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The Erythrocytic Hypothesis of Brain Energy Crisis in Sporadic Alzheimer Disease: Possible Consequences and Supporting Evidence

1
Institute of Theoretical and Experimental Biophysics of Russian Academy of Sciences, Pushchino 142290, Russia
2
Hospital Clinico Research Foundation, INCLIVA Health Research Institute, 46010 Valencia, Spain
3
Pathology Department, Faculty of Medicine, University of Valencia, 46010 Valencia, Spain
*
Author to whom correspondence should be addressed.
J. Clin. Med. 2020, 9(1), 206; https://doi.org/10.3390/jcm9010206
Received: 16 December 2019 / Revised: 9 January 2020 / Accepted: 10 January 2020 / Published: 12 January 2020
(This article belongs to the Section Clinical Neurology)
Alzheimer’s disease (AD) is a fatal form of dementia of unknown etiology. Although amyloid plaque accumulation in the brain has been the subject of intensive research in disease pathogenesis and anti-amyloid drug development; the continued failures of the clinical trials suggest that amyloids are not a key cause of AD and new approaches to AD investigation and treatment are needed. We propose a new hypothesis of AD development based on metabolic abnormalities in circulating red blood cells (RBCs) that slow down oxygen release from RBCs into brain tissue which in turn leads to hypoxia-induced brain energy crisis; loss of neurons; and progressive atrophy preceding cognitive dysfunction. This review summarizes current evidence for the erythrocytic hypothesis of AD development and provides new insights into the causes of neurodegeneration offering an innovative way to diagnose and treat this systemic disease. View Full-Text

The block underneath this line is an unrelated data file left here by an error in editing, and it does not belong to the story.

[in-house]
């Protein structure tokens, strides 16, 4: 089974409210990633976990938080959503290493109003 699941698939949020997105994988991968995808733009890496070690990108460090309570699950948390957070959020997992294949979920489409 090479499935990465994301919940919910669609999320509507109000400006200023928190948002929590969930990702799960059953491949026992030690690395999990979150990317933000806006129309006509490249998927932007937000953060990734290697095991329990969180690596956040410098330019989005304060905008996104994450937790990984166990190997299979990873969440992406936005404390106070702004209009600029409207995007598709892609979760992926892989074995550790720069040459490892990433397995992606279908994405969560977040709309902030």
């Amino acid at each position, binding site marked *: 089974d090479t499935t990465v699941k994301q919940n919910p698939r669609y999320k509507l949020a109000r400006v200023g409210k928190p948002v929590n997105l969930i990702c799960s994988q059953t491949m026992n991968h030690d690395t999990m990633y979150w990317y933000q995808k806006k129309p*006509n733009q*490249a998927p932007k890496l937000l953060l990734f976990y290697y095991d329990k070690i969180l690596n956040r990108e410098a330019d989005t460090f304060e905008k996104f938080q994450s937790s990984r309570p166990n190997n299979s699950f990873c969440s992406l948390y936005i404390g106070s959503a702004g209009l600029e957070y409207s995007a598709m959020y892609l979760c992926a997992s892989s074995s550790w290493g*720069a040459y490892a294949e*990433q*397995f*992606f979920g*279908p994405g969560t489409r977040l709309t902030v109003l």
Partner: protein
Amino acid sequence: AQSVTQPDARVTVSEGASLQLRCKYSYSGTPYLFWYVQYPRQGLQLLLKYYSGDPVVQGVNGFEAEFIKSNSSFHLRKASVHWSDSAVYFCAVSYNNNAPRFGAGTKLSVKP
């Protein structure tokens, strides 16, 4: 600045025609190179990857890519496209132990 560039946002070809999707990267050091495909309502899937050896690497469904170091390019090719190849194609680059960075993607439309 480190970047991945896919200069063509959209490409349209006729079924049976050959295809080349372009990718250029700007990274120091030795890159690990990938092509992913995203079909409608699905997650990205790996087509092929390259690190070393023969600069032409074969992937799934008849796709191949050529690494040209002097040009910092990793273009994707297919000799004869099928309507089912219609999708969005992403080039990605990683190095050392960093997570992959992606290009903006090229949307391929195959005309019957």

Keywords: Alzheimer’s disease; amyloid β peptides; brain energy crisis; erythrocytic hypothesis; red blood cells; restoration of energy metabolism Alzheimer’s disease; amyloid β peptides; brain energy crisis; erythrocytic hypothesis; red blood cells; restoration of energy metabolism
MDPI and ACS Style

Kosenko, E.; Tikhonova, L.; Alilova, G.; Urios, A.; Montoliu, C. The Erythrocytic Hypothesis of Brain Energy Crisis in Sporadic Alzheimer Disease: Possible Consequences and Supporting Evidence. J. Clin. Med. 2020, 9, 206.

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